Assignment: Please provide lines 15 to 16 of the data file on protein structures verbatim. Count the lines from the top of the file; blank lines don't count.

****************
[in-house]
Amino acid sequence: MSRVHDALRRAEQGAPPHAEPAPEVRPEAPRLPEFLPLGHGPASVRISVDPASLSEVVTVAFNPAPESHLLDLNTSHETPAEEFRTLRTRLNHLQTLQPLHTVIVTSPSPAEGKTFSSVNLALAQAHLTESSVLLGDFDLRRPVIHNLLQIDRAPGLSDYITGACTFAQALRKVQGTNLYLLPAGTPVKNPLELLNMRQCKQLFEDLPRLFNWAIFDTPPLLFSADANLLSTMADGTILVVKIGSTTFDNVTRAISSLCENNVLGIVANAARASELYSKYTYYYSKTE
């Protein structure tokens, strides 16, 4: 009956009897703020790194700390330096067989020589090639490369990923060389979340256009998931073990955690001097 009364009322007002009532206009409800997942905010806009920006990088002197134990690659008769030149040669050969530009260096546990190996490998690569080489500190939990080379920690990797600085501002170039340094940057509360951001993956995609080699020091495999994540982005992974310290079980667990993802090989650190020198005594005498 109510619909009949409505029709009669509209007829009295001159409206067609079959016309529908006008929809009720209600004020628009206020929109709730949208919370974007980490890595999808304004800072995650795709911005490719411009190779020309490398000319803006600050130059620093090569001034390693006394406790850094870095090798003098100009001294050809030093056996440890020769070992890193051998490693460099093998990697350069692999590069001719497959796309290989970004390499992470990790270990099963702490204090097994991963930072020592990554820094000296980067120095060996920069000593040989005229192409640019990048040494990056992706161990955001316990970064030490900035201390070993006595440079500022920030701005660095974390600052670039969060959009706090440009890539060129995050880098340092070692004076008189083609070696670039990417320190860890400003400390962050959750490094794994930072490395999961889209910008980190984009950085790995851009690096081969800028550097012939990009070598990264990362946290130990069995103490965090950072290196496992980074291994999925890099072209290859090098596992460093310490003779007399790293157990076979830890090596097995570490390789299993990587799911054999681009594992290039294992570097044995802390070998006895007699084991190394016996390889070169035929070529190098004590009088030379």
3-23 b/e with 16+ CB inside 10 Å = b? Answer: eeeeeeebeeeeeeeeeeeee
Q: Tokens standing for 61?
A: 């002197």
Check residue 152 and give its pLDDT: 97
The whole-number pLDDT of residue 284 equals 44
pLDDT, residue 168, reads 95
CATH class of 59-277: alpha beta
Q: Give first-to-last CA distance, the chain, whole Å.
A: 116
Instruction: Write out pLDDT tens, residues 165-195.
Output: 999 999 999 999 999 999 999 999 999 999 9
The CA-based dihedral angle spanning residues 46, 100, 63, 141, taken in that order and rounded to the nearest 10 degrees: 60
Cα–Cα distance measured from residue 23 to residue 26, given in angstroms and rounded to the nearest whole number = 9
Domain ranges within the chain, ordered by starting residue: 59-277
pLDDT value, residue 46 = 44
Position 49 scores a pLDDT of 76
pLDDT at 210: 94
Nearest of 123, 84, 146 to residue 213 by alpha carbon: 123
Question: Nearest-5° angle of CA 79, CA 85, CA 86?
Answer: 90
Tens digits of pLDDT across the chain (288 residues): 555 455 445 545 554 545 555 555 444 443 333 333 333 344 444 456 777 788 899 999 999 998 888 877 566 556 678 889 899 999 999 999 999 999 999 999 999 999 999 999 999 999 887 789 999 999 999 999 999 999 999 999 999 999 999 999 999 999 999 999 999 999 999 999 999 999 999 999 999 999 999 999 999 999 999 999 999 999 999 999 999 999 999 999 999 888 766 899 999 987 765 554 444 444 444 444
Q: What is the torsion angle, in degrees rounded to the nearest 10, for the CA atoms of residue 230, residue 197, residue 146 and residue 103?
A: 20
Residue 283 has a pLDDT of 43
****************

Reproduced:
The CA-based dihedral angle spanning residues 46, 100, 63, 141, taken in that order and rounded to the nearest 10 degrees: 60
Cα–Cα distance measured from residue 23 to residue 26, given in angstroms and rounded to the nearest whole number = 9